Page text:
The ‘Gilmore Girls’ ate my weekend

I awaken to rain pattering on the roof and gushing over gutters full of gunk. It’s 7 a.m. and still dark. I turn the radio on. Politics. Weather. Highs in the 40s, lows in the 30s. Rain continuing forever. I groan and burrow back under the covers. But I have to go to the bathroom. I see in the mirror that my eyelids are swollen and my hair barely resembles hair. It’s 59 degrees in the house because the pellet stove quit during the night. Christmas and music materials are scattered everywhere I look. The dog staggers in, stretching. She’s hungry. I cross yesterday off the calendar and declare today Saturday the Sequel. I need another day of weekend to catch up.

You see, I’ve been on a binge. No, not on booze or drugs, but on “Gilmore Girls.” It’s a TV show that ran from 2000 to 2007 about the lives of single mother Lorelai Gilmore and her daughter Rory, who live in Stars Hollow, Connecticut. I never saw it the first time around. Thanks to Netflix, I have now watched all 153 episodes, inhaling the last 22 in the last week. It was my guilty pleasure. Almost harmless, compared to drinking, overeating, or online shopping. Or is it? The show is in my head all the time, and I find myself talking in Rory’s voice. I’m losing touch with reality.

It started innocently enough. Back before I had the streaming service, I ordered one DVD to see if I would like the show. I loved it. I ordered the rest of the first season. There was some control then. I could only have two DVDs at a time, plus there were decent new shows on TV to watch, instead of today’s reality shows, holiday specials, and dramas full of murders and monsters. But one day I decided I couldn’t wait and signed up for the streaming service.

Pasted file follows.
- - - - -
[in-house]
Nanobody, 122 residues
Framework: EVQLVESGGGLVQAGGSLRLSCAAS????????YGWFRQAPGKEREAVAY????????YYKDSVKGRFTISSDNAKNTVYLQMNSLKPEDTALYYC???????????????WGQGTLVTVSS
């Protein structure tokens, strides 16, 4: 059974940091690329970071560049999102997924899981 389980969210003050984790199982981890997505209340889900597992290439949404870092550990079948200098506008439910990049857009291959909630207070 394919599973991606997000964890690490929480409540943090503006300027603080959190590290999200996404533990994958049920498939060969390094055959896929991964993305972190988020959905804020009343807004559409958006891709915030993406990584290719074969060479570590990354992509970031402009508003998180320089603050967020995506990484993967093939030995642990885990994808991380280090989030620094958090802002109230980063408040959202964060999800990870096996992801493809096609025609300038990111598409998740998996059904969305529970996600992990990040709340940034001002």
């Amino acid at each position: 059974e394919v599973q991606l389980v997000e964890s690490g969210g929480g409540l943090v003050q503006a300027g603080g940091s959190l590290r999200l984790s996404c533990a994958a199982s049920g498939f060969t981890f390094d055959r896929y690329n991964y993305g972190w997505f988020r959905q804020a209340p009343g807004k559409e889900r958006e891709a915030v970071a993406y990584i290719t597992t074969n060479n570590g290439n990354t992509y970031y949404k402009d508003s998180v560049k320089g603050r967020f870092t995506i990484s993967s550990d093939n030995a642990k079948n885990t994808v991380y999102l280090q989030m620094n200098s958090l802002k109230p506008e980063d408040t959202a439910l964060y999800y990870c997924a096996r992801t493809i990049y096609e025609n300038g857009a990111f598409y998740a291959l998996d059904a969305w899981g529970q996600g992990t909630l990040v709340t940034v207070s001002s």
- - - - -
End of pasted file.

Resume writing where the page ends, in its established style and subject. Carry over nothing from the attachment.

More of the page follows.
Watching on my laptop was cumbersome. It took forever to boot up, the battery lasted about a minute, and my Wi-Fi at the time was flaky. Still, it was “Gilmore Girls.” A few months ago, I changed my Wi-Fi service. It became quick and reliable. And then, I bought myself a Kindle Fire HD. I could curl up on the loveseat with Annie, hold the tablet in my hand and watch one episode after another. The picture was clear, the sound brilliant, and Netflix didn’t allow much time to say no. An episode would end, then 5-4-3-2-1, the next one started. Oh well, I’ll watch another one, I’d tell myself, singing along with the theme song, Carole King’s “Where You Lead.”

Last night, I watched the finale. I had to know what was going to happen, and I had to get off the Gilmore binge. It’s like eating the last chocolate candy and swearing not to eat anymore. The show ended well. I cried. Afterward, I Googled everything I could find about the show and its cast. Netflix is planning to make a reunion show, four 90-minute episodes. But do I want that? All the actors will be older, and the magic won’t be there. Plus, I‘ll have to watch it all, every minute. It’s like somebody bringing me a cake the week I start my diet.

What is it about “Gilmore Girls” that attracts me? The same thing I found in previous binges with “Little House on the Prairie,” “Thirtysomething” and other shows. It’s a comforting substitute for real life. While I suspend all responsibilities, I move into a community where all the people are beautiful, no one is ever alone or without help, and you know there’s going to be a happy ending. It’s not raining day after day in Stars Hollow, Connecticut. There are no terrorists. Everybody who wants a job finds one. All babies are born healthy. Love is everywhere. Sure, there are misunderstandings, but they always get resolved. Who wouldn’t want to live there? There’s even a guitar-playing troubadour. That could be me. Or maybe I could work at the Dragonfly Inn with Sookie and Lorelai. Or on the Stars Hollow Gazette. Yes, I could be the editor.